All in all, there is a lot going on at the OCBS right now. Thank you to all the people who are working hard to make OCBS a dynamic place.
Union Catalogue of Buddhist Texts
The literature of early Buddhism is considerable - the Pali canon, for instance, covers a fair-sized well. Then the Mahayan generated many texts, some extensive (the Avatamsaka Sutra covers 1600 pages in English). And then came the Vajrayana.
When the tradition reached new territories like China and Tibet, large volumes of Indian material were first translated, then new canons of authoritative Buddhist literature were composed in national languages. The total production is immense.
It is also under-studied. Teasing out the connections between phases and aspects of the teaching will reveal the underlying unity of the tradition — the spirit that shines through its many forms and illumines our situation today. The OCBS exists to contribute to this work.
Digitisation is important here. Once digitised, a text can be searched and analysed in ways not possible before.
Most of the key material has been digitised. But it is stored in many separate locations and forms.
We need to bring these diverse resources together. A student of the tradition should at a single stroke be able to search for uses of key terms across the entire body of Buddhist literature, from the earliest to the latest, in every language. The Union Catalogue of Buddhist Texts (UCBT) will open up that prospect.
The UCBT is a project of the International Association of Buddhist Universities (IABU). The OCBS is committed to the IABU project. The Venerable Dr Khammai Dhammasami continues to play a key role; Geoff Bamford is also closely involved.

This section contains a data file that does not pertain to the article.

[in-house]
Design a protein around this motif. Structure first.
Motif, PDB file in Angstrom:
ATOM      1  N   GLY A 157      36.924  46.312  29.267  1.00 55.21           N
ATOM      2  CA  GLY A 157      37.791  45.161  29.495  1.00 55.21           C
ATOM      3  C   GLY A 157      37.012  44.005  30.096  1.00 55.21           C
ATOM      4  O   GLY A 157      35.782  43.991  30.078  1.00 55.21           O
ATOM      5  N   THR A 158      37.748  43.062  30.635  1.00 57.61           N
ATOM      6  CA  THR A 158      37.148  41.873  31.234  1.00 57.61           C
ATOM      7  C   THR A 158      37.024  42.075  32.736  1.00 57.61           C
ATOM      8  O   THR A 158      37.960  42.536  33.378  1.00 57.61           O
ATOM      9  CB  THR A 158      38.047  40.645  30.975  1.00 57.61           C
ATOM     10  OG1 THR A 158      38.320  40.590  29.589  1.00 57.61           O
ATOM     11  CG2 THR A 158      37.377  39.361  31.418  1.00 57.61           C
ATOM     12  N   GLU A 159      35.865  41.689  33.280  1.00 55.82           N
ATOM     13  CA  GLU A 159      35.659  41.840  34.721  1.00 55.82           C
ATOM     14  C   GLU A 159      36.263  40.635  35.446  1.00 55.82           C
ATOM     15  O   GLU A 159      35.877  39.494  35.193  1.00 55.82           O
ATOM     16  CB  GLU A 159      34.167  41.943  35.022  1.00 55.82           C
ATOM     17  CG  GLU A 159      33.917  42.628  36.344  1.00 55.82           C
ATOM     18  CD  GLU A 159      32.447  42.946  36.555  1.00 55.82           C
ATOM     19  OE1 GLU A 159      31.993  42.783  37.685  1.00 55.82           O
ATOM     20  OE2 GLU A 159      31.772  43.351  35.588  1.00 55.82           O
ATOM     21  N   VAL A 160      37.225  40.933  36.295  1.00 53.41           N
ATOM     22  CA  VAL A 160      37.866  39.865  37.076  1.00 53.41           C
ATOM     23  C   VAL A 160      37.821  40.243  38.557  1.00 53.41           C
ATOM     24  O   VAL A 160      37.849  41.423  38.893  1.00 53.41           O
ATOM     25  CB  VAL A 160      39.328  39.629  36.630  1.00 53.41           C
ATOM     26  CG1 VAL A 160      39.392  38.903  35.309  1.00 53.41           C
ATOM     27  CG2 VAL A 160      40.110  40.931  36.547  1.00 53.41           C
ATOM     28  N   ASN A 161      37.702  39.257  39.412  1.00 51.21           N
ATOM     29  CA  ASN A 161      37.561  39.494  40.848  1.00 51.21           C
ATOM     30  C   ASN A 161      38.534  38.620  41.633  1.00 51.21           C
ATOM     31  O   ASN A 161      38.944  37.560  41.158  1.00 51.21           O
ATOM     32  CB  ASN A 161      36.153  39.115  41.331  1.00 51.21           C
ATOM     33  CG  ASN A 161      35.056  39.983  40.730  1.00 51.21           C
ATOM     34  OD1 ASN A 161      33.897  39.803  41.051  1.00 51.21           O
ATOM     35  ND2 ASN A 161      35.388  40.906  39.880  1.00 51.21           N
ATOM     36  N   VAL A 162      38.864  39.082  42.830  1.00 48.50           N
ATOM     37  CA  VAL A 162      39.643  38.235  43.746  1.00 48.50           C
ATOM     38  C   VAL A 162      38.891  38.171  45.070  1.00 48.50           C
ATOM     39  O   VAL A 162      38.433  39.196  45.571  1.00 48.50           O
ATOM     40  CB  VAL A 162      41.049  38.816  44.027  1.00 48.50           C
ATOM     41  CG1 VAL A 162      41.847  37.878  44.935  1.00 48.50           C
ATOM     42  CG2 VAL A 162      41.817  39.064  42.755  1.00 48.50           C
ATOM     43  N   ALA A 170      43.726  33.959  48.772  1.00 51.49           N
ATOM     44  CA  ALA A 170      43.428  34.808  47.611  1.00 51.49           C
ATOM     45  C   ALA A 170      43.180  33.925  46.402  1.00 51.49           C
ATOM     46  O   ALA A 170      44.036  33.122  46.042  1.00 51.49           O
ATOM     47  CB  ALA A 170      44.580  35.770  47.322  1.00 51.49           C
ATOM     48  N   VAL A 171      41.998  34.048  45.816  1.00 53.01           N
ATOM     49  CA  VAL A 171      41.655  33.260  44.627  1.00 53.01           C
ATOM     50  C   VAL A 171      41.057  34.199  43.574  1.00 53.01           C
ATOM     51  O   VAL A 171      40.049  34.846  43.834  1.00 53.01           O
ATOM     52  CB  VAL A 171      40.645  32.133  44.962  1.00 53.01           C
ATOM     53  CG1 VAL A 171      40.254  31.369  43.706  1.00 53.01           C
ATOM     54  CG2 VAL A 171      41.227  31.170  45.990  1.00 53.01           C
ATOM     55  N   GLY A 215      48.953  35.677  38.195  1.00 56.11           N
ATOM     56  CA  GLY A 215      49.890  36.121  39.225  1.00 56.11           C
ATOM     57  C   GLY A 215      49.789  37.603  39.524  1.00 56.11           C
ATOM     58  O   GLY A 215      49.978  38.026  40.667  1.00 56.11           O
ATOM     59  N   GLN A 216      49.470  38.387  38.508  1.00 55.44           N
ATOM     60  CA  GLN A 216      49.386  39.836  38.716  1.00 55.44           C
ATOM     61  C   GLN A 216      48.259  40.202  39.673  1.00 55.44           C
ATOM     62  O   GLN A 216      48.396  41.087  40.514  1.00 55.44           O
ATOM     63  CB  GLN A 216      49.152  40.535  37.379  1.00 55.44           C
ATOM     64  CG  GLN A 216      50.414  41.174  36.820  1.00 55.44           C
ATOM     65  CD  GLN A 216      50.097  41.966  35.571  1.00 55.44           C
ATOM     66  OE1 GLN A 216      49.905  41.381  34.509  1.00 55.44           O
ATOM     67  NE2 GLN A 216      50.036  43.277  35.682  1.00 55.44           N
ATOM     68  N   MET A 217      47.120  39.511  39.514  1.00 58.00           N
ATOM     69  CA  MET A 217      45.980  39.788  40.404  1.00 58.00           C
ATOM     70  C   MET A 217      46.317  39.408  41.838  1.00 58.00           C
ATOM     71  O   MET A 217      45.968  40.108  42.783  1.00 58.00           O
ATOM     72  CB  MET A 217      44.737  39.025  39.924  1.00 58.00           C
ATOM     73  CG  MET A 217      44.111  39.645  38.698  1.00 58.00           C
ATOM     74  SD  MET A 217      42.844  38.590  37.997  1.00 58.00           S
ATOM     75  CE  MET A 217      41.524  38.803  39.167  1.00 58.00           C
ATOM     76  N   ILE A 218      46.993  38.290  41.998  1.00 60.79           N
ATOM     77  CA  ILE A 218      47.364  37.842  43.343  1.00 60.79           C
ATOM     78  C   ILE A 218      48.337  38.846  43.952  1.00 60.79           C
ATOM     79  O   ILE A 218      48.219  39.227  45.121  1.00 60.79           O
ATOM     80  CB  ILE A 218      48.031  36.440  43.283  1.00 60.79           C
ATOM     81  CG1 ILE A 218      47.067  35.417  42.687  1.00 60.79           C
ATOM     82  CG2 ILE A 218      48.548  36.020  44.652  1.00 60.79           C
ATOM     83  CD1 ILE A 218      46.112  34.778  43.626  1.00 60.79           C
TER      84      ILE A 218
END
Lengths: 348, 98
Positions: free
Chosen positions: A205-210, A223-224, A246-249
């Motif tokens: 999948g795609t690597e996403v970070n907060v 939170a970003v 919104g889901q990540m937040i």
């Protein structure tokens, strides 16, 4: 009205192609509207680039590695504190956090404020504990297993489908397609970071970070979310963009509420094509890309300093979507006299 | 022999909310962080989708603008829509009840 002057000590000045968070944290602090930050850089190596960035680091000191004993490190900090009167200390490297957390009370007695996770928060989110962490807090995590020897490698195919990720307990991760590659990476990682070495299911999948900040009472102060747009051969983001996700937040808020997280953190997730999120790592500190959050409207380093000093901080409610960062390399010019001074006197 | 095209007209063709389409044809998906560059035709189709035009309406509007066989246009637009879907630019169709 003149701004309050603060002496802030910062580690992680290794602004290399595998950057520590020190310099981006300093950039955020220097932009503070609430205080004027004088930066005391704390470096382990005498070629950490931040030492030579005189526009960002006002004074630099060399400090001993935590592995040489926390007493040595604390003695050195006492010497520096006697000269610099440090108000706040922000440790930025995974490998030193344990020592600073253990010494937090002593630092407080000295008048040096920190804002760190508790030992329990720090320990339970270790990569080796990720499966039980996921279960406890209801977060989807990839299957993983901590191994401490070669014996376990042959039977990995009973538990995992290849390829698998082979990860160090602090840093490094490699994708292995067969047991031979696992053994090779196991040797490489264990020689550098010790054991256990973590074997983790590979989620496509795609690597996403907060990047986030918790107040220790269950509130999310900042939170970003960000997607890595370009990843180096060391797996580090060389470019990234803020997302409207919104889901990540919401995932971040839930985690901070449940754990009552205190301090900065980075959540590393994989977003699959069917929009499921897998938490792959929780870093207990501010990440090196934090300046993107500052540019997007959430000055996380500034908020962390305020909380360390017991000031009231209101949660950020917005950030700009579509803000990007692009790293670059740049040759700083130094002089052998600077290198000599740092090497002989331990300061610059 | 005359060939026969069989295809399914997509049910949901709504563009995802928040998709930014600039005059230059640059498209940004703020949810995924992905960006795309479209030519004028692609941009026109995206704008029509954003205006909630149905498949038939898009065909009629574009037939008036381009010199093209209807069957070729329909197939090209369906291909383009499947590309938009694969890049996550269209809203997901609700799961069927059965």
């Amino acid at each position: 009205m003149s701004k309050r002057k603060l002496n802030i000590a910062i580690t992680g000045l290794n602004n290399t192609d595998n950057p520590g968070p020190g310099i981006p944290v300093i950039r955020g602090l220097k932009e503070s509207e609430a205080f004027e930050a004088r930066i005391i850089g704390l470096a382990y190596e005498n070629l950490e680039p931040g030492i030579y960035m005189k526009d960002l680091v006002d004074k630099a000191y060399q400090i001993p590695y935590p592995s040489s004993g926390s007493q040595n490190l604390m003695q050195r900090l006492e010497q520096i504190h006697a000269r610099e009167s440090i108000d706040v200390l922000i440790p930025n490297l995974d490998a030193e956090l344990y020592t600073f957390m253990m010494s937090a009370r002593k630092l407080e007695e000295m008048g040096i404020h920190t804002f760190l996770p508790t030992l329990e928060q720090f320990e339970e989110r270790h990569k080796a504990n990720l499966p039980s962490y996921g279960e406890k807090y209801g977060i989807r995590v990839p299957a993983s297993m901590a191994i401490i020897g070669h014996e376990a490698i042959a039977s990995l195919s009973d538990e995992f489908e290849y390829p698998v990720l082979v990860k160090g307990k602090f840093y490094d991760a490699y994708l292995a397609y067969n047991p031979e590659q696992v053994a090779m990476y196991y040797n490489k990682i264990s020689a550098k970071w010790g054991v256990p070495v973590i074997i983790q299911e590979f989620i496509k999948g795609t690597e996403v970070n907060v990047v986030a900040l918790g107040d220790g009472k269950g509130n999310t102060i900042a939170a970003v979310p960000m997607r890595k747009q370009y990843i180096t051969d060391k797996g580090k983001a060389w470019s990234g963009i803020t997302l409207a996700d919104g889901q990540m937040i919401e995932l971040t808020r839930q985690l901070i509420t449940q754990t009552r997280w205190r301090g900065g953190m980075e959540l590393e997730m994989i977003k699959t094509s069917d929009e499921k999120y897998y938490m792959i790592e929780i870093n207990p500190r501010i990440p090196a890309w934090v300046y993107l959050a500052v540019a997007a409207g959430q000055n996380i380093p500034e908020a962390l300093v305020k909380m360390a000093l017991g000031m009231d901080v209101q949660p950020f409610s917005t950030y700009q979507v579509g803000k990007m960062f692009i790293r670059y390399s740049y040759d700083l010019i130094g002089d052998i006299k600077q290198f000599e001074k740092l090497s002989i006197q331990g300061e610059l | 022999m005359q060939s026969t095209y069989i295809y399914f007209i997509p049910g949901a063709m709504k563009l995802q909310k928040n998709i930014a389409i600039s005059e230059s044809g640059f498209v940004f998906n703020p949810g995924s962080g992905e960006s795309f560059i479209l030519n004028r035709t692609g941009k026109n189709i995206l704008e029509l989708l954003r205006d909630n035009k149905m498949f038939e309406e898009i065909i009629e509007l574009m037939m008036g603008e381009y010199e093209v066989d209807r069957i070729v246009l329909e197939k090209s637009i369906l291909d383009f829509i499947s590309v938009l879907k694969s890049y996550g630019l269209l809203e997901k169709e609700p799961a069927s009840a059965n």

Pravin Bhalesain represents the OCBS on the UCBT team. He is convener of the Pali group. Venerable Dhammasami is co-convenor of the UCBT Organizing Committee.
The UCBT team has completed its planning and is now moving to implement the project. A $200,000 budget is in place for Phase One.
A New Phase for So-Wide
So-Wide has entered a new phase:
¨ The OMC:
ö has secured a platform for future growth, in that:
· the POWIC building is now (at last!) in good order and the team has settled in;
· the programme of work for the NHS is running smoothly;
· various projects are launched and have built up momentum, e.g.:
§ Mindfulness in schools
§ Mindfulness in the workplace
§ Mindfulness in the treatment of Health Anxiety; so we
ö must now connect with range of partners and constituencies, of whom:
· some will naturally respond to the OMC within the So-Wide context
· others we can in the first place address more effectively in terms of straightforward mental health and wellbeing; so So-Wide
ö brought in some professional fundraisers and a plan was prepared to present the OMC’s work more widely, both in its own (contemporary psychological) terms and also in its relationship to the Buddhist tradition; and the OMC at the same time
ö formed a Development Committee of its own.
¨ So-Wide’s parallel Development Plan incorporates the OMC plan and at the same time has a strong focus on the needs of the OCBS, which:
ö is strengthening its administrative base (as you may perhaps see from the website);
ö is working with some ‘friends upon the way’, good people with a commitment to the practice of wisdom and compassion and a capacity to get things done; and
ö has entered into discussions with the Buddhist Society, with a view to exploring common interests and potential synergies.